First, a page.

Amphetamines are known to enhance performance. While the heart beats faster and blood pressure rises, feelings of fatigue and appetite decrease. Amphetamines, like any other drugs used illicitly can lead to intoxication, making the individual lose appetite and not rest for long periods of time. Along with the ever-present risk of overdosing. After using amphetamines for a long time, the side-effects begin to mount and a list of ‘conditions’ can develop, including; insomnia, headaches, restlessness, hyperactivity and tremors.
Amphetamine overdose leads to exhaustion and constant fatigue. It is well documented that Cannabis successfully treats insomnia, makes an individual more relaxed and eliminates tremors. Cannabinoid receptors that populate the human body bind to natural compounds in Cannabis, know as phytocannabinoids. The phytocannabinoids in Cannabis work with the human Endocannabinoid (Endogenous [meaning ‘within the body’] Cannabinoid) System (ECS). They work to relax muscles affected by spasms (anti-spasmodic) and get rid of tremors; decreasing tension and providing deep, restful sleep. Cannabis is also well-know for “the munchies” effect; increasing appetite and making food more palatable.
Chronic dependence on amphetamine can cause not only medical problems, but also legal and social problems; across the world millions of people have been turned into social pariahs, labelled as ‘addicts‘ when they are generally truly suffering, in one way or another. Needing help, not castigation, discrimination, persecution and prosecution (aka, the failed ‘drug war’ approach) as British journalist and author Johann Hari says, it’s time to end the 100-year-old war on drugs and instead fight addiction with love and compassion.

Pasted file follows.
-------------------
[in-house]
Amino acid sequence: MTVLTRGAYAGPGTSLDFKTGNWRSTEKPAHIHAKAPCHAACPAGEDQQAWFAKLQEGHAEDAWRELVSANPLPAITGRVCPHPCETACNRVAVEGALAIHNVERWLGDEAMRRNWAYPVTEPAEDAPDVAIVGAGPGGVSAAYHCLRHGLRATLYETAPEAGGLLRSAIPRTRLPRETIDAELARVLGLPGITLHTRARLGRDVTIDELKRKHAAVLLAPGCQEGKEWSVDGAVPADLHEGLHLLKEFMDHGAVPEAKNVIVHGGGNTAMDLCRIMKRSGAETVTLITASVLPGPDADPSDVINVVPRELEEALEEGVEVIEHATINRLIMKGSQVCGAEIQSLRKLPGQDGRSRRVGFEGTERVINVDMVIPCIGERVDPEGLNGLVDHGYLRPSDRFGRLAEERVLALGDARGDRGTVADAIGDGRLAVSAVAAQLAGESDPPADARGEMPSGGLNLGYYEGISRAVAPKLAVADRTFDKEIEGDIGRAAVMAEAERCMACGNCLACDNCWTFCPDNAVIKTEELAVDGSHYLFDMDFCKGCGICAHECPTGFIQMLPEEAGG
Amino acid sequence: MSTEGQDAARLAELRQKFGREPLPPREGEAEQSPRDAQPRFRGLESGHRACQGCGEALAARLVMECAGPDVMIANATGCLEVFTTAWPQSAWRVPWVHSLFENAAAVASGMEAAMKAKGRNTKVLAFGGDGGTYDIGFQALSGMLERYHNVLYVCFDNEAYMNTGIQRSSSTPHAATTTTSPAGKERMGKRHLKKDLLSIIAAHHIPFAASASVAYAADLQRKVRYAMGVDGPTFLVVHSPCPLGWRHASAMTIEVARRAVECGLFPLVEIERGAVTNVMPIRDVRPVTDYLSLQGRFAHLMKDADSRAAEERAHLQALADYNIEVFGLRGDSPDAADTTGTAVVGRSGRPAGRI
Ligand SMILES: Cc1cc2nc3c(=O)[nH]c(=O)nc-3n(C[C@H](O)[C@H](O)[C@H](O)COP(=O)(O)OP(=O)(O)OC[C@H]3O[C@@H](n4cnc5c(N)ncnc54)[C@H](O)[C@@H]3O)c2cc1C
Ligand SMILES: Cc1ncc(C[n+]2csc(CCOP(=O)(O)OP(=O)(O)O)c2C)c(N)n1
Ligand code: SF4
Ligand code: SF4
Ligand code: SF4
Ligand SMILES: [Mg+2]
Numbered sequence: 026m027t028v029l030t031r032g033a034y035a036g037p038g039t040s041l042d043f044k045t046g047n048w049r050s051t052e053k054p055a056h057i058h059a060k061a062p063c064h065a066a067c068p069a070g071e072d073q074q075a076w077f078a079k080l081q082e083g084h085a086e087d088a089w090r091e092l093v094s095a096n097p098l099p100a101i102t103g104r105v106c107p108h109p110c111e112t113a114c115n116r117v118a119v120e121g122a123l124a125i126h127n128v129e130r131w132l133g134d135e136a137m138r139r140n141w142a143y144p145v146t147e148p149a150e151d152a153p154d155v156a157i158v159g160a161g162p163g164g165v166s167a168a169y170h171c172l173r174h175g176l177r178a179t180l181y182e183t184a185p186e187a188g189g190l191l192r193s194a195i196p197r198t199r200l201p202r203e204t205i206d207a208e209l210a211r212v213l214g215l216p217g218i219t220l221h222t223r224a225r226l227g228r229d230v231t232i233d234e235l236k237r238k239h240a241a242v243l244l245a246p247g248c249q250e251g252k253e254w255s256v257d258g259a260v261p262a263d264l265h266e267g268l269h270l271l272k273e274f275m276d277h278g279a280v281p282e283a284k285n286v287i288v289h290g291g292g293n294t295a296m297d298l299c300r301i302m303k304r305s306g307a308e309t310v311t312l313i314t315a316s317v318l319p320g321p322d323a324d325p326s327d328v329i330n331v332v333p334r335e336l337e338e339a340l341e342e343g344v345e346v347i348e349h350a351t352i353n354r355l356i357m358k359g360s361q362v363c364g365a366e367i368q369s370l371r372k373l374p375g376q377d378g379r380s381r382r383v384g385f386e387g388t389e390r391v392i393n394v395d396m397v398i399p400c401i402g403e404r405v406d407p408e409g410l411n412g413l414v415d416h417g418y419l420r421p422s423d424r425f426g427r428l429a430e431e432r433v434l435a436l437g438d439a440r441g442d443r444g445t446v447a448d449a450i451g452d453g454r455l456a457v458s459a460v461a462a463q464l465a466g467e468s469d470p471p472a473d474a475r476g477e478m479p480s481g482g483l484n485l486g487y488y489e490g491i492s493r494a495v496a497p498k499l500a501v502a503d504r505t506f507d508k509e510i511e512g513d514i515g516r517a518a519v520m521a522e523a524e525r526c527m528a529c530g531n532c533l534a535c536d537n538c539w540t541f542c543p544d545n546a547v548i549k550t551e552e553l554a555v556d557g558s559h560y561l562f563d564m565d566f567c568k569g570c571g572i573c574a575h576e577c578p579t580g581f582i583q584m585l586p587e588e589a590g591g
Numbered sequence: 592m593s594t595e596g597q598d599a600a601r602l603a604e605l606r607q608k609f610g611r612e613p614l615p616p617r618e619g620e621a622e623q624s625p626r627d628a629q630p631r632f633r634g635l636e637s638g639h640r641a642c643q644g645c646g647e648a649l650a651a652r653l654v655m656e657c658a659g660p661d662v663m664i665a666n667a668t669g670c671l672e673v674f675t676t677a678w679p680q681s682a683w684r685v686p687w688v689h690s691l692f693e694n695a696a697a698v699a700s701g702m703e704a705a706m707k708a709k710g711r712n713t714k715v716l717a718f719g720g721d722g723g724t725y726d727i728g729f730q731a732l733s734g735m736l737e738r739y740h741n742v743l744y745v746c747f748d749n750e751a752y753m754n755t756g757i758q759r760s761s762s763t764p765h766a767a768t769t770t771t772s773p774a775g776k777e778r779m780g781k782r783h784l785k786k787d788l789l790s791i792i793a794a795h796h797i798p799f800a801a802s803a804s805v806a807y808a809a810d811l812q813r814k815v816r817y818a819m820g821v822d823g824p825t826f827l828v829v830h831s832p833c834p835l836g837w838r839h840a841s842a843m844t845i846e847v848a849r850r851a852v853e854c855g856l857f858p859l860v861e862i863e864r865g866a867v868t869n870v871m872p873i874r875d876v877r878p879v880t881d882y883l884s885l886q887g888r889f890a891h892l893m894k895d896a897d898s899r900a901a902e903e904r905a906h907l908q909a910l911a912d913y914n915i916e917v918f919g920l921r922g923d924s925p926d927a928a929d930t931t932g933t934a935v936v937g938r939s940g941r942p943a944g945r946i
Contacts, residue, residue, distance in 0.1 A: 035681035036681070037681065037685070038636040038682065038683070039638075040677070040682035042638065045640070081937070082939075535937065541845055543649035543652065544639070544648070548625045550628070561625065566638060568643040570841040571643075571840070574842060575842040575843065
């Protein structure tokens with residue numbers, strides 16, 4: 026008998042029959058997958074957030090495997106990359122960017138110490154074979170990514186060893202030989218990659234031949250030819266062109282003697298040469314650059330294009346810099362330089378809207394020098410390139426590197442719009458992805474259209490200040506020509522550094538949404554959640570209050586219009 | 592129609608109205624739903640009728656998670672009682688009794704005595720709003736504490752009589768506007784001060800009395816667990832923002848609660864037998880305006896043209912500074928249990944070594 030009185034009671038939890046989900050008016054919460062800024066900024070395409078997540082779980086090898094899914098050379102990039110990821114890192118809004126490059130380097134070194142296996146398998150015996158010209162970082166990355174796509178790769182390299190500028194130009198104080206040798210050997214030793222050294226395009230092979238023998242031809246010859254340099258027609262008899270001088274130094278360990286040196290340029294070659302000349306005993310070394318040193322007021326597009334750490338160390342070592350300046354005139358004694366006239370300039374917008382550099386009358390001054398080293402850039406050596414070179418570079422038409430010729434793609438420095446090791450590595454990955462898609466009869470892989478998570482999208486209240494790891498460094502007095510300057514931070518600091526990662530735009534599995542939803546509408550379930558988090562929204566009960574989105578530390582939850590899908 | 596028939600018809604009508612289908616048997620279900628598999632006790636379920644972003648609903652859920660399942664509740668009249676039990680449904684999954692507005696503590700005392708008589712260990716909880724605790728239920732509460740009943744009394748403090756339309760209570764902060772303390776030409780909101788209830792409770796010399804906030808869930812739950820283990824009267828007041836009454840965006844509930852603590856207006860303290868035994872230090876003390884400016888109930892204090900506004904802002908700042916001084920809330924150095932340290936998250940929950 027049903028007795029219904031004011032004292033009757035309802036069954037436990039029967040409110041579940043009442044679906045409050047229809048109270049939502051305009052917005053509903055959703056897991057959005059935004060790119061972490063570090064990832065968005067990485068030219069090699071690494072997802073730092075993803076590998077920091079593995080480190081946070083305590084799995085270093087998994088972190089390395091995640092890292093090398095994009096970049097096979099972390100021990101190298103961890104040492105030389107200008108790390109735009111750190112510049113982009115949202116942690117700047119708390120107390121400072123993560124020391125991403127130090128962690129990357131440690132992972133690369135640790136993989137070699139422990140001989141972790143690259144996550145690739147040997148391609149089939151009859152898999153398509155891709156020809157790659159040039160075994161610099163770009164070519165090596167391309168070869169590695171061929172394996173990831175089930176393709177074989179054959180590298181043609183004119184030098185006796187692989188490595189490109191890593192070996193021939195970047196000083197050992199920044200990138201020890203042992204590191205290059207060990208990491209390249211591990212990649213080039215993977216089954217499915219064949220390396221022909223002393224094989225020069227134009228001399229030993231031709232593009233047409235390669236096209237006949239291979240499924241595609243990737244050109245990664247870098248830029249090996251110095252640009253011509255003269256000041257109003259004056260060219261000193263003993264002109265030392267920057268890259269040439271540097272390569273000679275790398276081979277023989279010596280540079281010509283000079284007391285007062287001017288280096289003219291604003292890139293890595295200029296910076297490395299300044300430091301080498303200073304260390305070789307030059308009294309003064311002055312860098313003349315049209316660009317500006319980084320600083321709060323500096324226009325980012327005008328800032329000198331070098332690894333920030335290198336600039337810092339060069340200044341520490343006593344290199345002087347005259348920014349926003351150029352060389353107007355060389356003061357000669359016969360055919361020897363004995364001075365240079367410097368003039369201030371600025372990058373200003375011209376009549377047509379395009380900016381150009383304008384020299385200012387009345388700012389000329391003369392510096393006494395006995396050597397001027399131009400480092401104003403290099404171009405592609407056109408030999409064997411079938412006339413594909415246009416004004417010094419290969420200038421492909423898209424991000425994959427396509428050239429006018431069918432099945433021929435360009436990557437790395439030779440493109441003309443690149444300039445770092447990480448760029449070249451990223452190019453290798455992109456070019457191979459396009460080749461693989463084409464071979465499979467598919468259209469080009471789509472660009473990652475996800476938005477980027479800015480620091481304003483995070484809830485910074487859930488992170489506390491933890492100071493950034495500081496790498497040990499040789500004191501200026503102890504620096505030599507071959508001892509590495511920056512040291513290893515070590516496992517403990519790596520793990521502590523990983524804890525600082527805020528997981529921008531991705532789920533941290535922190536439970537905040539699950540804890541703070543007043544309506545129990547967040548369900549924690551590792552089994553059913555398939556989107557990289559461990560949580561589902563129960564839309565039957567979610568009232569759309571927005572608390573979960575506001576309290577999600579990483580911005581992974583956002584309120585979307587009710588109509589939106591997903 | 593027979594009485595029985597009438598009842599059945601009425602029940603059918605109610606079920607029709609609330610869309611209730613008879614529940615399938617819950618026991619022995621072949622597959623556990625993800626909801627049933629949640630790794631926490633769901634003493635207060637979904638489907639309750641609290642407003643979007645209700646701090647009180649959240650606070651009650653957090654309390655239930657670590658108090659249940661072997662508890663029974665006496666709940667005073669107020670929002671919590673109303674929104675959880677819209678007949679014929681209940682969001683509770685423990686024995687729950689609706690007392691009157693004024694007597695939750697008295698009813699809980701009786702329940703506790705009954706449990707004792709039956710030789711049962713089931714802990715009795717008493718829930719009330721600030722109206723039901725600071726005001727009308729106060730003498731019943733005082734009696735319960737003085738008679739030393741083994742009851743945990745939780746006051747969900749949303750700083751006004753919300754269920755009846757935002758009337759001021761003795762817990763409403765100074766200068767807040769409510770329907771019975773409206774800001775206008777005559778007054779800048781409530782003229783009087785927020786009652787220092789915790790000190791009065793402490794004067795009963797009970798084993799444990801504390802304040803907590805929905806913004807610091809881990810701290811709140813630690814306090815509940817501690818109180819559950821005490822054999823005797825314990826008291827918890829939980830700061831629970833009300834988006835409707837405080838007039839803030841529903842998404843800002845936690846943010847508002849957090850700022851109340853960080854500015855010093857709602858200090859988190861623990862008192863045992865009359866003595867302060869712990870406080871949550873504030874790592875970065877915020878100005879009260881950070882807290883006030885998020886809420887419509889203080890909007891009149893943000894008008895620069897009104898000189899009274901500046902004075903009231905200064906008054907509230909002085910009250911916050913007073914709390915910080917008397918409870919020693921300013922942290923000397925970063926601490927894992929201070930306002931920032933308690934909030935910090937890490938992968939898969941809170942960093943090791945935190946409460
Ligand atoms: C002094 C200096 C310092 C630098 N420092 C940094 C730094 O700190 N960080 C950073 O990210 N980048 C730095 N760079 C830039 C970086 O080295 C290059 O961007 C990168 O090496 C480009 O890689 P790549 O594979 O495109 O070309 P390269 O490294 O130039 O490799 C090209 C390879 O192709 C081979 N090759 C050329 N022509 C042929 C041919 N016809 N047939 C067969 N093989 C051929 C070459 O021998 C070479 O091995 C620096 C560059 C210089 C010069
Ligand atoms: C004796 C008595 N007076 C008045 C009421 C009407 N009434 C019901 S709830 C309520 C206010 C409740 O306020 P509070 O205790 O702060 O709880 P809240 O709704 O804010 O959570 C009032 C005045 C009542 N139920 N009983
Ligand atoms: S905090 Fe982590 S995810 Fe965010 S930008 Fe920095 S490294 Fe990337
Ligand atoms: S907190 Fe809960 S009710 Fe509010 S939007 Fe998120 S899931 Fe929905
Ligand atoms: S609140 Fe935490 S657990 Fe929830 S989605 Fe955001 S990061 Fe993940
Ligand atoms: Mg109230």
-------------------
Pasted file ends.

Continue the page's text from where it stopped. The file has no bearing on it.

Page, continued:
Cannabis can complement other accepted treatments of amphetamine dependence and is successfully used to treat other syndromes such as; depression and schizophrenia etc. Cannabis is an alternative option for those who are addicted to alcohol, drugs and many types of pills, and Cannabis is one of the 50 ‘Fundamental Herbs‘ in traditional Chinese medicine (from 2737 BC).